Mary Barrett, of Iowa City, Iowa, and her daughter Rebecca, right, react as Iowa’s six electors cast their Electoral College ballots for Republican Donald Trump, Monday, Dec. 19, 2016, at the Statehouse in Des Moines, Iowa. Photo via AP

Donald Trump is officially the president-elect after winning more than 270 Electoral College votes. Although there was a great deal of noise about “faithless electors” potentially casting their votes for other people, in the end, Trump only lost two electors. Hillary Clinton lost four.

The idea behind faithless electors was that they were free to vote for not-Trump, facing at most a $1,000 fine. They didn’t do that.

Faithless electors in Washington State did break from the Democrats: three voted for Colin Powell and one for Faith Spotted Eagle, a celebrated member of the Sioux nation who stood against both the Keystone XL Pipeline and the Dakota Access pipeline. Her name was the subject of all kinds of racist hilarity from reporters who didn’t have five seconds to Google her.

Meanwhile, just two Republican electors, both in Texas, voted against Trump: one cast his vote for Kasich and the other for Ron Paul. Hardly anybody, then, took up Michael Moore’s offer to defect and have him pay their fines:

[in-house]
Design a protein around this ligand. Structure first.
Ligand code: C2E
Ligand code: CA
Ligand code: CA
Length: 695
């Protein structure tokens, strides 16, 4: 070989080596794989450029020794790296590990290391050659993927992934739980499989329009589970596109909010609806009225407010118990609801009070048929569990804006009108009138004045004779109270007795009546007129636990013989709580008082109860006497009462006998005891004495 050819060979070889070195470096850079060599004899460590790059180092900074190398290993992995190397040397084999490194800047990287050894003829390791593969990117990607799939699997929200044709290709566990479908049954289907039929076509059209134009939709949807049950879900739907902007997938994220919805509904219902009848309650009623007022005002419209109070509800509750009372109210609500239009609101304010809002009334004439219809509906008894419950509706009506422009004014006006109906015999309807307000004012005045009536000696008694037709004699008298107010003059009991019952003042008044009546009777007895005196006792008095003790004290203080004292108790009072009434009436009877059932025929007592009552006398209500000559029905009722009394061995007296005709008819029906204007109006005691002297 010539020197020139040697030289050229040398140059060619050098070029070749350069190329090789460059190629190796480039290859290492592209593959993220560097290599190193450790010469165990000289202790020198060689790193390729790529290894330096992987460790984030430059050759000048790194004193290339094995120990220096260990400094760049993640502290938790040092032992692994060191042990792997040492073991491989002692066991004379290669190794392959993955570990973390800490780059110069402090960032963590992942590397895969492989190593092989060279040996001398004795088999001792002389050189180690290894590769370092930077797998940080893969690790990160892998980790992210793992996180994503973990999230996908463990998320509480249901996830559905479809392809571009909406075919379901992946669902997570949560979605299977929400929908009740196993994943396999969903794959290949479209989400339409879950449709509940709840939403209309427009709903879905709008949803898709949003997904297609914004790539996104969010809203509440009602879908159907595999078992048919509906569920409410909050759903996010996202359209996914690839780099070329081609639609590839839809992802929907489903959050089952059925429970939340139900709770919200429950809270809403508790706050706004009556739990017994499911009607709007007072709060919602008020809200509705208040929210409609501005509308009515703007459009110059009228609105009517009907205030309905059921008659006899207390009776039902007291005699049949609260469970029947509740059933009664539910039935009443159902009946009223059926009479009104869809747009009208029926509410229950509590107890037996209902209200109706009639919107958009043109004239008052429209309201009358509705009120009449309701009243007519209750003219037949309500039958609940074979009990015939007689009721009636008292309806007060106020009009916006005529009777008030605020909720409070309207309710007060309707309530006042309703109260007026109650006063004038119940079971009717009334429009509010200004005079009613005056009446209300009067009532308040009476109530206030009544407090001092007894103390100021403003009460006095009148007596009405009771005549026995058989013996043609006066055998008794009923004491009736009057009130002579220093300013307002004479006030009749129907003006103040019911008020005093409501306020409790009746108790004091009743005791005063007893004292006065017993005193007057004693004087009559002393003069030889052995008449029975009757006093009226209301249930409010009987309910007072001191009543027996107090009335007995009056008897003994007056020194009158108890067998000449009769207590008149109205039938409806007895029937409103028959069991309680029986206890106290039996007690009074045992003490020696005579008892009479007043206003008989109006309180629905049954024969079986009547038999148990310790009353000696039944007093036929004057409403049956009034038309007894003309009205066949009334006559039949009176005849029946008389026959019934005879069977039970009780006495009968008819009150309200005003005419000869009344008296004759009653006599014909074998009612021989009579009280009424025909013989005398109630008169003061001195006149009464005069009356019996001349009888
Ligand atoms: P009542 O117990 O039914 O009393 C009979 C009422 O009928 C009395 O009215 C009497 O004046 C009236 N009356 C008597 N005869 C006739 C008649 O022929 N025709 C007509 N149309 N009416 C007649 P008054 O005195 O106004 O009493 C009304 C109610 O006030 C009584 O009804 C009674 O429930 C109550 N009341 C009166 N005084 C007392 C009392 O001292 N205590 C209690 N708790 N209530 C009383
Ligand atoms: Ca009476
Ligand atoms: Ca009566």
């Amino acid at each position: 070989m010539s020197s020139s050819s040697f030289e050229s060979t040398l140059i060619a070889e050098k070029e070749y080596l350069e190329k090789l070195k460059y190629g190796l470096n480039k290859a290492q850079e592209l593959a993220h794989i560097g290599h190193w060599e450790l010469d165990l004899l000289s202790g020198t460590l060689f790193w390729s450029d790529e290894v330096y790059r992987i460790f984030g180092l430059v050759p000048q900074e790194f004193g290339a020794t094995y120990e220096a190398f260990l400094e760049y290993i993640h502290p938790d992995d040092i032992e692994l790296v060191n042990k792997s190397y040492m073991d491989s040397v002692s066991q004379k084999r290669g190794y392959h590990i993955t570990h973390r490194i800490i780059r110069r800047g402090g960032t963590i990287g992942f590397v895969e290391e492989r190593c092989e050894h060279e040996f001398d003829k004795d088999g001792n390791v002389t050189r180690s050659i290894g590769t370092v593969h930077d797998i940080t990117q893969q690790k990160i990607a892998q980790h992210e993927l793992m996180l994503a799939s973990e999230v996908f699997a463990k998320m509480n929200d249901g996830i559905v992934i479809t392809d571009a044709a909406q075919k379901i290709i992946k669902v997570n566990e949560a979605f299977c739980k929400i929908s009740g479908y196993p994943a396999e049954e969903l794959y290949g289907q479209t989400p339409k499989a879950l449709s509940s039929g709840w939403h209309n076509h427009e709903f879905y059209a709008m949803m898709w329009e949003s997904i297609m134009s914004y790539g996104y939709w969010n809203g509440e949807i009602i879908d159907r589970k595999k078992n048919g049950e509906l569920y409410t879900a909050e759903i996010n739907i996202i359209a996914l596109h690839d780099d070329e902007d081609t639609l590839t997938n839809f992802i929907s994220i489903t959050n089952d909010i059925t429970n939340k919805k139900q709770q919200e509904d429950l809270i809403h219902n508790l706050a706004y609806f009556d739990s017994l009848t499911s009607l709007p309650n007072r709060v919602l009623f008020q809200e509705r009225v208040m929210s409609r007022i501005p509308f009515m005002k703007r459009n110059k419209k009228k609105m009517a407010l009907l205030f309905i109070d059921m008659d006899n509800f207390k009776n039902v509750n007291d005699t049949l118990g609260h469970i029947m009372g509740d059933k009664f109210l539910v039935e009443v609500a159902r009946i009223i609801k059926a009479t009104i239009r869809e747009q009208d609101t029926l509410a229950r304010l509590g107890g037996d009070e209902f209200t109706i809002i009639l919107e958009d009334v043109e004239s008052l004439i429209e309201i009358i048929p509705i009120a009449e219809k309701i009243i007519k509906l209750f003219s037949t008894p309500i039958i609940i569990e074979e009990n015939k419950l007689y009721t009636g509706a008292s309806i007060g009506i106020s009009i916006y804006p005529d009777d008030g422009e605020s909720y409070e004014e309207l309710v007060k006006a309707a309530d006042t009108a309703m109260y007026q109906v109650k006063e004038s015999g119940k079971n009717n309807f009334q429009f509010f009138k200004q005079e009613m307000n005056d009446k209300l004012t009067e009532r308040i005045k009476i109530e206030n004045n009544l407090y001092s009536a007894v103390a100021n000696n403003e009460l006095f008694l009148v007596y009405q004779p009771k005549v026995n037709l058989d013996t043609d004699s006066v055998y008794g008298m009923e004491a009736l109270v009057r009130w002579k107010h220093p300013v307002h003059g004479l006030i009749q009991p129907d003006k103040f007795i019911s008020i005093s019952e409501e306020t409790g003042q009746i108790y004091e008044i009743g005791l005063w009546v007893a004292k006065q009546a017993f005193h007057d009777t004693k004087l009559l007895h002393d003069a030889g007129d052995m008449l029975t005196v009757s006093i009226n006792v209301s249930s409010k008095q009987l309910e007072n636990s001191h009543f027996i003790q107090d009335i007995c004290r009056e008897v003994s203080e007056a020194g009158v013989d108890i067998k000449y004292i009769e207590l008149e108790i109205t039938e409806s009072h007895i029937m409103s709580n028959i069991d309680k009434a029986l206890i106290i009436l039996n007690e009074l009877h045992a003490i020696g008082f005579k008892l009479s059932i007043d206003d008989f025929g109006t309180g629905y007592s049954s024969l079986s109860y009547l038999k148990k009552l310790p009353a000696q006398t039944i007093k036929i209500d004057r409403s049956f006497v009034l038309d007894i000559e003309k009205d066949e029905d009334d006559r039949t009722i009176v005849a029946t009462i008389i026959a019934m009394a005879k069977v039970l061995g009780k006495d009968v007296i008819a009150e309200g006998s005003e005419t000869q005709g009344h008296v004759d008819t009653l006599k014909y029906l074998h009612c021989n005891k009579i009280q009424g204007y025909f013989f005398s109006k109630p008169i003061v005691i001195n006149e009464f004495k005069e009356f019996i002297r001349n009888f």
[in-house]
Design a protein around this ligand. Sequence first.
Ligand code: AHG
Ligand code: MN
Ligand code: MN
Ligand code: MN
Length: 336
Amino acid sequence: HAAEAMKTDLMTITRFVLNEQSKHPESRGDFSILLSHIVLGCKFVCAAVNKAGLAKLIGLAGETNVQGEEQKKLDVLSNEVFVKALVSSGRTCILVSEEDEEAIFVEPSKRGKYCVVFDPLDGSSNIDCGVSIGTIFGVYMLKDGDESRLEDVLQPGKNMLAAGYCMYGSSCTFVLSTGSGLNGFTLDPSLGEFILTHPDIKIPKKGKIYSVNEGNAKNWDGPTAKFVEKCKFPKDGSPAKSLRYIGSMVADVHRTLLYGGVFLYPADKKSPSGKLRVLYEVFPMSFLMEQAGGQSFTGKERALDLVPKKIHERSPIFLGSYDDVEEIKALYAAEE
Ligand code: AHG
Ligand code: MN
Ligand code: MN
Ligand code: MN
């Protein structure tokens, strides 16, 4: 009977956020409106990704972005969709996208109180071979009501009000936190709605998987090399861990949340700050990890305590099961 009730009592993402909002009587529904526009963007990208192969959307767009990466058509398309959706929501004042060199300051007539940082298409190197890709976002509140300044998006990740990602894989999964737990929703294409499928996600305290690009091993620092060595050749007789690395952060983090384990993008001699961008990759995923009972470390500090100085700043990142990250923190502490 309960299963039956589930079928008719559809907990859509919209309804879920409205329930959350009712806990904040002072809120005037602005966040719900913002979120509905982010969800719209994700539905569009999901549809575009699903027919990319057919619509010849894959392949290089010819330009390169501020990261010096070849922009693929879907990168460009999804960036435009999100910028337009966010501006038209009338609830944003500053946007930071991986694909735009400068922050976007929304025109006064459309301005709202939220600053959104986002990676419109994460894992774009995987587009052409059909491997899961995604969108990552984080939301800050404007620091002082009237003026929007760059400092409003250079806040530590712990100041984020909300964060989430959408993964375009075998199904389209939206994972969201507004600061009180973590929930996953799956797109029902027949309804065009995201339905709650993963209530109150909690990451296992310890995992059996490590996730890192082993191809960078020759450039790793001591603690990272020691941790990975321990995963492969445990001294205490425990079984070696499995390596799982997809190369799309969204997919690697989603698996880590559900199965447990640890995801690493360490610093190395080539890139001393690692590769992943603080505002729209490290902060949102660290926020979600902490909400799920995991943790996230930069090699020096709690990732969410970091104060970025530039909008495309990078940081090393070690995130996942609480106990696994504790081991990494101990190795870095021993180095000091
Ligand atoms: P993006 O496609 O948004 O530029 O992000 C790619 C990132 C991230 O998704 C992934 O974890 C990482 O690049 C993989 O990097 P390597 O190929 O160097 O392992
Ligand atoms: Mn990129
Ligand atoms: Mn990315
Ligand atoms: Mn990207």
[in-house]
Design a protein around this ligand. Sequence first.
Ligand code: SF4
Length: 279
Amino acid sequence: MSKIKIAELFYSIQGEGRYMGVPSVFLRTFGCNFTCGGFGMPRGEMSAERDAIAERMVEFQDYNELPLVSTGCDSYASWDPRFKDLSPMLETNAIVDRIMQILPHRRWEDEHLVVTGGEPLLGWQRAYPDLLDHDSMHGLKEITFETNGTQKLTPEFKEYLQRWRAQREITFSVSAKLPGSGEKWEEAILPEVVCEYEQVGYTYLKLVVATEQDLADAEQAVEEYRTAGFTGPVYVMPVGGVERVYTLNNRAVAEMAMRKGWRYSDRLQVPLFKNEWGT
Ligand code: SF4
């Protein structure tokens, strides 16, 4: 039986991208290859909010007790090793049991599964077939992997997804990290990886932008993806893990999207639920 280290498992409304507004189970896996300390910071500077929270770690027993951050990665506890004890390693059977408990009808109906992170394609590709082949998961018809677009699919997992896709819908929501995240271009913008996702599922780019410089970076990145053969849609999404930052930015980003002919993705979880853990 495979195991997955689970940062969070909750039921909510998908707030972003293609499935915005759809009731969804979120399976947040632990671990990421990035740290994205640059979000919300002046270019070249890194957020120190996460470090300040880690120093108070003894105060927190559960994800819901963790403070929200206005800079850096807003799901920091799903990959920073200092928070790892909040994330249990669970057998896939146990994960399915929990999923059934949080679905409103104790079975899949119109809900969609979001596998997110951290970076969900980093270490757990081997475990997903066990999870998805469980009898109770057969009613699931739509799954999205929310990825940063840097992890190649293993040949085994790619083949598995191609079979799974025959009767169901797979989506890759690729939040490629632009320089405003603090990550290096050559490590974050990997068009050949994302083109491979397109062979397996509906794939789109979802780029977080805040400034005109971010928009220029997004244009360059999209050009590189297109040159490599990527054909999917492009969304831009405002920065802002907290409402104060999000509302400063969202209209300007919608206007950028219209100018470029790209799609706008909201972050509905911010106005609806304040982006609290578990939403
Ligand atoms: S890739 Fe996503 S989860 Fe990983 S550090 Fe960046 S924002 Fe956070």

One of the Texas electors, Chris Suprun, has been vocal about his plans to vote against Trump, and for his trouble was smeared by people claiming he’d lied about being part of a team of first responders on September 11 at the Pentagon. (C-Span got confirmation that he was a member in good standing of a volunteer fire department at the time that did respond to the scene later on the day of the attacks.)

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To further drag this thing out, the House and Senate will meet on January 6 so that Vice President Joe Biden can count the votes and formally declare the winner. I bet he’s excited.